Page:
Test and trace scheme to keep citizens’ personal data for 20 years
PHE also reveals outsourcers Serco and Sitel will process sensitive information and claims length of retention is ‘because Covid-19 is a new disease’
Personal data from the NHS Test and Trace programme will be kept for 20 years and health secretary Matt Hancock has provided special exemption for the scheme to use sensitive information without citizens’ consent.
The privacy notice for the programme, which launched yesterday, not only cites the sections of the General Data Protection Regulation pertaining to use of data in the public interest or for delivery of public services, but also indicates that Hancock has provided Public Health England with “special permission… to use personally identifiable information without people’s consent, where this is in the public interest”.
Personal data – on those who have tested positive for Covid-19 – will initially be provided to the programme by Public Health England. Contact tracers will then get in touch with these people to obtain or confirm their full name, date of birth, sex, NHS number, full home address, telephone number, email address, and a history of their coronavirus symptoms. Tracers will also ask for contact details of anyone to have come into close contact with those who have tested positive.
Personal data on people that have suffered symptoms will be kept by PHE for 20 years. Information on those who have been in close contact with confirmed cases but have shown no symptoms themselves will be retained for five years.
The privacy notice said: “This information needs to be kept for this long because Covid-19 is a new disease and it may be necessary to know who has been infected, or been in close contact with someone with symptoms, to help control any future outbreaks or to provide any new treatments.”
Number of contact tracers recruited for Test and Trace scheme
Serco and Sitel Group
Outsourcers appointed by PHE to help meet the recruitment requirements of Test and Trace
End date of emergency order issued last month by Matt Hancock, instructing NHS organisations to process and share confidential data
Length of time personal data will be kept on people who have been in contact with coronavirus cases did not develop symptoms
Amazon Web Services
Cloud firm tasked with storing and securing data
The data will be stored in an Amazon Web Services cloud environment. But, although the notice indicates that the tech firm will is allowed to process the data, its “staff… are not able to see any of the information collected”.
“Information… is held on computer systems, which have been tested to make sure they are secure and are being kept up-to-date to make sure they are safe from viruses and hacking,” PHE said.
In addition to Public Health England – which is the data controller – information will also be processed by the Department of Health and Social Care, and two of its arm’s-length bodies: NHS Business Services Authority; and NHS Professionals – a recruitment company owned by DHSC.
Because of the “unprecedented” hiring demands of the programme – which has required the rapid recruitment of 25,000 tracers, PHE has “instructed” two outsourcers, Serco and Sitel Group, to provide “additional staff”.
The two firms are consequently listed as data processors.
“The contact tracers working for Serco UK and Sitel Group… can only see the information of the contacts they have been instructed to call,” PHE said. “Serco UK and Sitel Group staff working on NHS Test and Trace have been trained to protect the confidentiality of people with Covid-19 and their contacts.”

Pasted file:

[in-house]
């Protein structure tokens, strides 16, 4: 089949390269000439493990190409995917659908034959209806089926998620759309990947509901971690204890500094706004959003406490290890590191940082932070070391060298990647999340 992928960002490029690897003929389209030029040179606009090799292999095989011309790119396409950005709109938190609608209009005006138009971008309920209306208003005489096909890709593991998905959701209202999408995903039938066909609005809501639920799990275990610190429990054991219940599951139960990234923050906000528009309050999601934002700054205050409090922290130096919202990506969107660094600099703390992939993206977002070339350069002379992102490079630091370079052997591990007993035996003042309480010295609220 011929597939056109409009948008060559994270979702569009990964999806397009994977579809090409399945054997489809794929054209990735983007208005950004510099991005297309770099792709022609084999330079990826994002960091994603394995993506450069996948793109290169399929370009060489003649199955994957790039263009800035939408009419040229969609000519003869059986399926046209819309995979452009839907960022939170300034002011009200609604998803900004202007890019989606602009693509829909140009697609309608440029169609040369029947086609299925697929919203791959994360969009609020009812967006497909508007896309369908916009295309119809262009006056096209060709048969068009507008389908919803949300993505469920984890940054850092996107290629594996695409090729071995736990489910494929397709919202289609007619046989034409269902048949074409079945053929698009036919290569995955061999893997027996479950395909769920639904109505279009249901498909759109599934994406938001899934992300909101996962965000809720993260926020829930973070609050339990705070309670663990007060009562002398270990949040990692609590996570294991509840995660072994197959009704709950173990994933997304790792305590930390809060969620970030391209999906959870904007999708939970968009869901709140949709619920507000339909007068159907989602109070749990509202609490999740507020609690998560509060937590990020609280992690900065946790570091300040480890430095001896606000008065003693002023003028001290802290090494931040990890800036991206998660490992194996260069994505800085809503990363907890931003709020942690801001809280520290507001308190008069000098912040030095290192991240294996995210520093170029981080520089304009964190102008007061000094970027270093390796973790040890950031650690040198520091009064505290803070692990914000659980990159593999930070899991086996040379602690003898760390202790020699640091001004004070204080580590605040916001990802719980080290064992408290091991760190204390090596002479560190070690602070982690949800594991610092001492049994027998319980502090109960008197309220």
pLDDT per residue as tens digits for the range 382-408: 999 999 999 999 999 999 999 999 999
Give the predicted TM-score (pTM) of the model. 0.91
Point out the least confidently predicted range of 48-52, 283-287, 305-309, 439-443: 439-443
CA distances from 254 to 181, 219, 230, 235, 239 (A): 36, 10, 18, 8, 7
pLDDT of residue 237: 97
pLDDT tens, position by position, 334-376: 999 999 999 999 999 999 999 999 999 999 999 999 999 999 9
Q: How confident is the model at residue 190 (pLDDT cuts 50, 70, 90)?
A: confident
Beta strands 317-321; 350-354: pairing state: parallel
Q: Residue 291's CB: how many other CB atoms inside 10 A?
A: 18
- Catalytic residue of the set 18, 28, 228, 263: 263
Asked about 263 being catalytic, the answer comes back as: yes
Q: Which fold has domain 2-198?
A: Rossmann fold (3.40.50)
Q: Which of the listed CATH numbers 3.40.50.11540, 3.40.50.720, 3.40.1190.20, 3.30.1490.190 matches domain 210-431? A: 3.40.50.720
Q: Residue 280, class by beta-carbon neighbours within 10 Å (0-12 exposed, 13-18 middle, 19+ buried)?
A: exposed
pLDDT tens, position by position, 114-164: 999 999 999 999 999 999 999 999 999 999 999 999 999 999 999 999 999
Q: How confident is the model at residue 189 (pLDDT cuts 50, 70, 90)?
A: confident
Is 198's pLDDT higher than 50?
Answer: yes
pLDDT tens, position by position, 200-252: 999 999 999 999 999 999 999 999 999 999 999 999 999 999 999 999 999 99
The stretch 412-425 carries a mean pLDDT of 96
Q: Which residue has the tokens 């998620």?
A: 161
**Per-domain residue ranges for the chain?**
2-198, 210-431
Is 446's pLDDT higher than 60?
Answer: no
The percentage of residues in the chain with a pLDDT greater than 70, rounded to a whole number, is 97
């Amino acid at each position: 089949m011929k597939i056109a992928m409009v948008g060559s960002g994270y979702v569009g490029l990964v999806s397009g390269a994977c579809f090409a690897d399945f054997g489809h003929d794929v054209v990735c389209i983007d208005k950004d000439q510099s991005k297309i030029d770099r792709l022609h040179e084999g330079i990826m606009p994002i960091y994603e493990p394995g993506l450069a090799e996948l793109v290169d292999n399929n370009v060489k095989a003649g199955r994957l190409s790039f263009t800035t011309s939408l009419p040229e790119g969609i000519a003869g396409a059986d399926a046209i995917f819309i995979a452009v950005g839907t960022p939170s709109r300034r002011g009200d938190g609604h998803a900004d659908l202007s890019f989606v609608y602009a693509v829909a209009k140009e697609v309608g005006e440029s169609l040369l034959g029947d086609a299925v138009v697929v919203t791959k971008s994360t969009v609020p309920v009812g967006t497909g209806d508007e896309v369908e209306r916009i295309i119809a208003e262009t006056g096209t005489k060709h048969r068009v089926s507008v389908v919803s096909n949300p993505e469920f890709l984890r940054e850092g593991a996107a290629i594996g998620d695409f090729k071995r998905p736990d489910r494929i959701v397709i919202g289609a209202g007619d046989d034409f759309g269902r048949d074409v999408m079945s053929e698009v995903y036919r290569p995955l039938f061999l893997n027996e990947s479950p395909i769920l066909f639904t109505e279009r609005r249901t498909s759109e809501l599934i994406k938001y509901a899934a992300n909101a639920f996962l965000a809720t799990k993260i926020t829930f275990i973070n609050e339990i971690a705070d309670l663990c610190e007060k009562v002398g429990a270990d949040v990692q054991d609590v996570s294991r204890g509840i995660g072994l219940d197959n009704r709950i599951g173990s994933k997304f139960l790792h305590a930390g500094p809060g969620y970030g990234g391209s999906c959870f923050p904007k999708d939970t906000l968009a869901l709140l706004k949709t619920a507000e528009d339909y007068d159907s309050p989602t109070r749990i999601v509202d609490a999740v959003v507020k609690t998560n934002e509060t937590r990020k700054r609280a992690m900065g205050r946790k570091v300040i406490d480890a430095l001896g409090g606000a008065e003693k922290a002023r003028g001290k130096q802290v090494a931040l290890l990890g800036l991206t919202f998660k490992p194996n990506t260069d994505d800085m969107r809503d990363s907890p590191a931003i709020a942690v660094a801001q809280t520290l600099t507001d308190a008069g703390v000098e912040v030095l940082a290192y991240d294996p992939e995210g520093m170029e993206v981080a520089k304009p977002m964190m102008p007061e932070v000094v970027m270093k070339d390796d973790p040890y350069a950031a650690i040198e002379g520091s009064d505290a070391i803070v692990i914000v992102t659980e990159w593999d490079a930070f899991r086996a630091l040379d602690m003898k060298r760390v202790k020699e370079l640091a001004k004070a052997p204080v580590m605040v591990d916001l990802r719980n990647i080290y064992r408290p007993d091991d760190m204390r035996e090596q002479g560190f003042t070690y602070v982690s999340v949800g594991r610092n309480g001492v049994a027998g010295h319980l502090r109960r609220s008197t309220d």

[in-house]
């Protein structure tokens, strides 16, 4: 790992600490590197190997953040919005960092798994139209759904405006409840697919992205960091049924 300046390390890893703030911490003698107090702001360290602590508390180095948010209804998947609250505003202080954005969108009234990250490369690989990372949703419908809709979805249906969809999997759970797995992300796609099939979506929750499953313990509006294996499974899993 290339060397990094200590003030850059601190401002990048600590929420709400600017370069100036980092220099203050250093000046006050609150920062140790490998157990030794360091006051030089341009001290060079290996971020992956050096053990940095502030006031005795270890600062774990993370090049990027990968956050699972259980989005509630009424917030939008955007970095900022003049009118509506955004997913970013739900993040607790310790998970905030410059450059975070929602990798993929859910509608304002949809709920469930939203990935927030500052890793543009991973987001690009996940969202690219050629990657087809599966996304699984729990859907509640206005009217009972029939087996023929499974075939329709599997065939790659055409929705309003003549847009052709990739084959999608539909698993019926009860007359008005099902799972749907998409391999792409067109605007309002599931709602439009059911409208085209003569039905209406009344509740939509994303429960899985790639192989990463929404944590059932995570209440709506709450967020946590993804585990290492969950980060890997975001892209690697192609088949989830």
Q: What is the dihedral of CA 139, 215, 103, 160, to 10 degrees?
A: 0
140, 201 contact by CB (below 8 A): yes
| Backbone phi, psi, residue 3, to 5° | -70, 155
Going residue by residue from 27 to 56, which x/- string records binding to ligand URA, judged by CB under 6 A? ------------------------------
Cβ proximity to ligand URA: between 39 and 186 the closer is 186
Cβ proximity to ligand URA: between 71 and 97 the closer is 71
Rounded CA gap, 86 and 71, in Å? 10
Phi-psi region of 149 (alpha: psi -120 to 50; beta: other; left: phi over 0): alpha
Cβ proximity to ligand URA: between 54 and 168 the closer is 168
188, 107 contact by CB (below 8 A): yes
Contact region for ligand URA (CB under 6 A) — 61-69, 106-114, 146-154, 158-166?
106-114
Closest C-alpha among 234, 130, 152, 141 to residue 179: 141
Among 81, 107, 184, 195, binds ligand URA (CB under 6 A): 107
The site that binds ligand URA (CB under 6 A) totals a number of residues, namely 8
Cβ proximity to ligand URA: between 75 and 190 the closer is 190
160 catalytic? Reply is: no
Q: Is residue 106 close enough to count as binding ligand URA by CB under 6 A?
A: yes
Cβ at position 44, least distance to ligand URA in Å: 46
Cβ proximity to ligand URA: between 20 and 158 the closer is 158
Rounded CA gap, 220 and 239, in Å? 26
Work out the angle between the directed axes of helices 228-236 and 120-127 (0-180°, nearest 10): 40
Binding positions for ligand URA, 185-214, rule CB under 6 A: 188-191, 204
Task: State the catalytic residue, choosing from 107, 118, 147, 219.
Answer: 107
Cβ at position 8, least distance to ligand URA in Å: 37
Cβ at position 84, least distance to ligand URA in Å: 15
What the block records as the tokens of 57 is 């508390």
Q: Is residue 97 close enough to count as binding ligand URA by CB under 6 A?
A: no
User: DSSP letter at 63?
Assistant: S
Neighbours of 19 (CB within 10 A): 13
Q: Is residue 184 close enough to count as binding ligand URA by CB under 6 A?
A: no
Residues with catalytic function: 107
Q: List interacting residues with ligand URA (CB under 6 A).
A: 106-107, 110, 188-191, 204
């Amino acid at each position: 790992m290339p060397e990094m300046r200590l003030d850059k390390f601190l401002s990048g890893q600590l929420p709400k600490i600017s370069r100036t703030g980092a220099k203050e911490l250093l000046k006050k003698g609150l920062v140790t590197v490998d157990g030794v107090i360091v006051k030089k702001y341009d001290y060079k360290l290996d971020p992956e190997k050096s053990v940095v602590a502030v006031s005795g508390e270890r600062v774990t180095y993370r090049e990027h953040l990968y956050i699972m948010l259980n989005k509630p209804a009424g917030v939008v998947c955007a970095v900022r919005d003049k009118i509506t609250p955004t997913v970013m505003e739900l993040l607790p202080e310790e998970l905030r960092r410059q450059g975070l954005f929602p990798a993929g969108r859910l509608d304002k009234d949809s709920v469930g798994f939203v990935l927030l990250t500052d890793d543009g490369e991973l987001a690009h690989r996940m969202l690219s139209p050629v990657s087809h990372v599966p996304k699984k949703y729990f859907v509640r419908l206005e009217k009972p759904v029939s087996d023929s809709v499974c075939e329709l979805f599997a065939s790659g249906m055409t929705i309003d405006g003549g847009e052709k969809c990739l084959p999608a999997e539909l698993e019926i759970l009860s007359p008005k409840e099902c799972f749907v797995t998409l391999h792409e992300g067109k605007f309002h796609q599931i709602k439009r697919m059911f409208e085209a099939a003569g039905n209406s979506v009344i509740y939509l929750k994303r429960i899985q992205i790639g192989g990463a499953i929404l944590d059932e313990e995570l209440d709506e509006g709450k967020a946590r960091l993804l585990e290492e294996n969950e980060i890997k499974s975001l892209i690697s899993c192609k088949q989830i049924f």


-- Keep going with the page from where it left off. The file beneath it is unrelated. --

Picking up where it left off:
It added: “No information that could identify any person with COVID-19 or their contacts will ever be published by Public Health England or any of the organisations working with it on NHS Test and Trace.”
Rights and restrictions
Citizens whose data is held by the scheme have the right to ask for a copy of their personal information, and for inaccurate info to be corrected or restricted in its use.
They can also object to their data being used, and can ask for its deletion – but the notice makes clear that neither of these is “an absolute right”.
“Public Health England may need to continue to use your information,” it said. “We will tell you why if this is the case.”
Although 20 years may seem like a long time for data to be retained – particularly in support of a comparatively short-term scheme such as this – lengthy data-storage periods are not uncommon across the health service.
"Information needs to be kept for this long because Covid-19 is a new disease and it may be necessary... to help control any future outbreaks or to provide any new treatments"
The Records Management Code of Practice implemented by the government in 2016 outlines that, for example, care providers should keep mental health records for 20 years after a patient’s discharge, while information on long-term or recurring conditions is held for 30 years after treatment has ended. Blood bank records are kept for a minimum of 30 years after their creation.
The exemption given by Hancock for data to be used without individuals’ consent comes after the health secretary last month issued a six-month order instructing health-service organisations that, in supporting government’s coronavirus response, they are “required to process confidential information” in ways that might ordinarily be restricted.
In a series of emergency notifications, all national and local NHS entities, arm’s-length government bodies, and local authorities were informed that they can, effectively, share any patient data with any relevant organisation, providing the purpose of doing so is solely related to coronavirus research or response. They may also be directly instructed by government to engage in such sharing.
The order was issued with an end date of 30 September – although this could be extended if Hancock issues an explicit order to do so.
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